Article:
Last updated: May 04. 2013 11:11PM - 2691 Views
By - dlevarse@civitasmedia.com - (570) 991-6396

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Finals have wrapped up. The first year of college for Penn State’s 2012 recruiting class is now over.

Those that remain have endured a freshman year like none other in the history of college football. And if the Nittany Lions stay afloat as they wade into the deep end of the NCAA sanctions, it will be in large part because of the group of first-year players that stuck it out.

Two District 2 alums could be right at the forefront in linebacker Nyeem Wartman and wide receiver Eugene Lewis.

“It was huge for all of us,” Wartman said at the end of spring practice. “I remember when we got the sanctions and everything, we had a little Facebook group where we were all talking to each other — asking where everybody stands. Just talking to each other.

“Some guys left, of course. No one was forcing them to stay. But the guys that stayed — I feel like whoever came here in our class is a tight-knit, real close group. Because there was a lot we had to face.”

That would be an understatement.

The school they picked was plunged into a horrific child abuse scandal. Their coach was fired three months before national signing day. And a month after they arrived on campus, the program was hit with unprecedented sanctions that would keep them out of bowl games, prevent them from playing for titles and limit the talent around them.

Throw all of that on top of the typical turmoil that builds up in the life of a college freshman. And because of the sanctions, any of them have been free to transfer without penalty since last July.

Many contemplated it.

“Overall, I was asked the question, ‘If you were not to play football, would you still go to that school?’ ” said tailback Akeel Lynch, who mulled a late decision between Penn State and Iowa last summer. “And to be honest, I could not leave Penn State. The academics and the atmosphere — I just love this place.”

Understandably, not everyone stayed.

Nineteen players initially signed with the Lions in 2012 — 18 on signing day in February plus tight end Jesse James, who graduated high school early and enrolled that January.

That number is down to 16 after one year. Defensive lineman Jamil Pollard transferred to Rutgers last summer for family reasons. Quarterback Steven Bench finished the spring behind Tyler Ferguson in the starting quarterback battle and will pick a new school in the next month. Offensive lineman Anthony Stanko has opted to leave the team but remain enrolled at Penn State.

Of the remaining 16, five appeared in a game last season — Wartman, James, Trevor Williams, Da’Quan Davis and Jordan Lucas. Wartman, however, did not lose a year of eligibility because a knee injury allowed him to get a medical exception.

Now entering the second year, the Class of 2012 has a chance to make a bigger impact on the field.

Wartman has an inside track to start at linebacker.

“The year for him to kind of soak as a redshirt freshman was good for him,” defensive coordinator John Butler said. “And now that he’s getting into the fire at that position, he’s a good player who’s going to continue to get better.”

Lewis’ talent, in part, allowed the coaches to shift classmates Williams and Malik Golden from the receiving corps to the secondary.

“I think (my redshirt year) helped a lot,” Lewis said after making his public Penn State debut at the Blue-White Game. “At first I wasn’t expecting to be redshirted, but I realized that I had a lot that I needed to work on. And at the end of the day I knew it was going to help me.”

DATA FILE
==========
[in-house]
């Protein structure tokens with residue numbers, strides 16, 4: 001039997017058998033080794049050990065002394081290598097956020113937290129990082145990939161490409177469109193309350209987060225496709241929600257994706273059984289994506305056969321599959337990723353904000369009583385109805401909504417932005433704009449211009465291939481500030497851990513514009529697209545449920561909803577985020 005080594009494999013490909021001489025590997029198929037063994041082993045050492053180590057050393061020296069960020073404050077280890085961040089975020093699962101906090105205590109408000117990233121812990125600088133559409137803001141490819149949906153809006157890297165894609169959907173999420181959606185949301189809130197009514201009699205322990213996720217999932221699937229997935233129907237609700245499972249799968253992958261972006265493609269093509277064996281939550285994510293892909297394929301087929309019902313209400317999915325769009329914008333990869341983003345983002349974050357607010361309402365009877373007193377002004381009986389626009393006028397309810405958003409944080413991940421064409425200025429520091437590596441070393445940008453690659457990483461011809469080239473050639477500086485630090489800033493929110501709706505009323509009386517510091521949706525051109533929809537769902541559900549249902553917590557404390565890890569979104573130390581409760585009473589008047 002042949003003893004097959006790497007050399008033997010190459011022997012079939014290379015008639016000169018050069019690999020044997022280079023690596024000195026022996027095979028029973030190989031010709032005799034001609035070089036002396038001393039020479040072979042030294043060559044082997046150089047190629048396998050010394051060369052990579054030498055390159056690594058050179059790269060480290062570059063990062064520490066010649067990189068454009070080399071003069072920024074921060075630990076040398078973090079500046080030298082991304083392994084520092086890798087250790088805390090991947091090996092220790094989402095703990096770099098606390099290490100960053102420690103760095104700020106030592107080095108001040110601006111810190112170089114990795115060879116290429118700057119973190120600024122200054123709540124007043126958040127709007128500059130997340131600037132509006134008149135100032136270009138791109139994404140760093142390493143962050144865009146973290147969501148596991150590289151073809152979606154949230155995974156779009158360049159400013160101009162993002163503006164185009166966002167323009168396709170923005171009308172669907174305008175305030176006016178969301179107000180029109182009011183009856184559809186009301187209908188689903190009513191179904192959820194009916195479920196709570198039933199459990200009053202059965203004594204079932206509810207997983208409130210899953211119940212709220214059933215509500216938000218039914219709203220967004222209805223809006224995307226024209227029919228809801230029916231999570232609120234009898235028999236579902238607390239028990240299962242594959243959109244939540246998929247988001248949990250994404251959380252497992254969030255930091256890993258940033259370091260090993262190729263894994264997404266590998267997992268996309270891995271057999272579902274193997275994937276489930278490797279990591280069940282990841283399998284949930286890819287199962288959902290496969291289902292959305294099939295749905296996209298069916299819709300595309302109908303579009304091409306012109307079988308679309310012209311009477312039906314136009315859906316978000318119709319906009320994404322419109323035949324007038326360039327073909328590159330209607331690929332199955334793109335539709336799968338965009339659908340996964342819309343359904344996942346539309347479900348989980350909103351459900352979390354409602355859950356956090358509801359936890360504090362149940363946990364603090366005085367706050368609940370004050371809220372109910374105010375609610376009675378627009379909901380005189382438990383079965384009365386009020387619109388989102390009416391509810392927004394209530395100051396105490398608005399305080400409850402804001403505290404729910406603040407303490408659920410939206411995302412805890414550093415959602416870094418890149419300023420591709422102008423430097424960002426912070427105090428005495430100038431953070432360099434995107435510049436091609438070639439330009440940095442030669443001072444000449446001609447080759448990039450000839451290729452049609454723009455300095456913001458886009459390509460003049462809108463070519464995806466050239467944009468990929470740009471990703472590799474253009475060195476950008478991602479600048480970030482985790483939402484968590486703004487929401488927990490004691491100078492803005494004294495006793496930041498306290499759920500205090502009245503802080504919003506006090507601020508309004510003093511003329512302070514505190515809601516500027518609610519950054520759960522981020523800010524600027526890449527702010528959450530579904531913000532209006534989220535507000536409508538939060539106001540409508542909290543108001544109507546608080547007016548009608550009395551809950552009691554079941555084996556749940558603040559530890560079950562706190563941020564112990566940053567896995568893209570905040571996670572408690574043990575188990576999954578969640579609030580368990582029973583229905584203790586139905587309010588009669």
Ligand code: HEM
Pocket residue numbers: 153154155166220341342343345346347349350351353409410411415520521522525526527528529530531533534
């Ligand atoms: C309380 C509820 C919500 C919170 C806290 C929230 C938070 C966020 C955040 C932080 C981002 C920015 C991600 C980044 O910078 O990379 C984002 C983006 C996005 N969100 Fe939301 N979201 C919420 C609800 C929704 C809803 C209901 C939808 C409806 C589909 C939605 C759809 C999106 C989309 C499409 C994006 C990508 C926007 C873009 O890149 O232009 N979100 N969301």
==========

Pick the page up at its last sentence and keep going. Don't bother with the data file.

James was already one of the Lions’ most dangerous weapons as a true freshman. Austin Johnson has drawn praise at defensive tackle, where he could conceivably start in the fall. Lynch will work into the mix in the backfield and could develop into the team’s most well-rounded ball-carrier. Tight end Brent Wilkerson caught a touchdown at the Blue-White Game.

DT Derek Dowrey, DT Brian Gaia, DB Jake Kiley, C Wendy Laurent, DB Jordan Lucas, DE Evan Schwan and WR Jonathan Warner round out the class.

Many of them got their opportunity when the new coaching staff led by Bill O’Brien came aboard last January. Penn State had six high-profile verbal commitments ultimately sign elsewhere, with the likes of Ohio State and Florida, because of the fallout from the Jerry Sandusky scandal.

Bench, Davis, Laurent, Lucas, Lynch, Schwan, Warner and Williams all committed to O’Brien’s staff in the month before signing day.

Those that had originally pledged to Joe Paterno’s staff, like Lewis and Wartman, had to visit the campus again and ultimately choose Penn State a second time.

The whole experience has left a chip on their collective shoulder.

“We all know there’s a lot of pressure on this class because supposedly we’re a so-called ‘weak class’ (after the sanctions) for Penn State’s standards,” Wartman said. “So we all know we’ve got a lot to prove.”

When the entire class arrived last summer, they began to bond. It continued when the season rolled around, as the guys who were in line for a redshirt became closer through their work on the scout team.

“Oh yeah, it was real quick,” Lynch said. “Me, Eugene, Brent Wilkerson. We just said, ‘Hey, who’s gonna do this? Who’s gonna make the play this week?’ Each week there was a scout player of the week, and we’d compete each week. It was real fun.”

Now they get some time off with friends and family before summer classes start and work for next season begins.

They will do so with the knowledge that they still have an added burden to carry as members of the Lions’ last full recruiting class until 2017.

“We knew there was going to be adversity,” Wartman said. “We knew that people were going to talk about us. But we’re sticking close together. We’re just trying to keep that family feel around here.”

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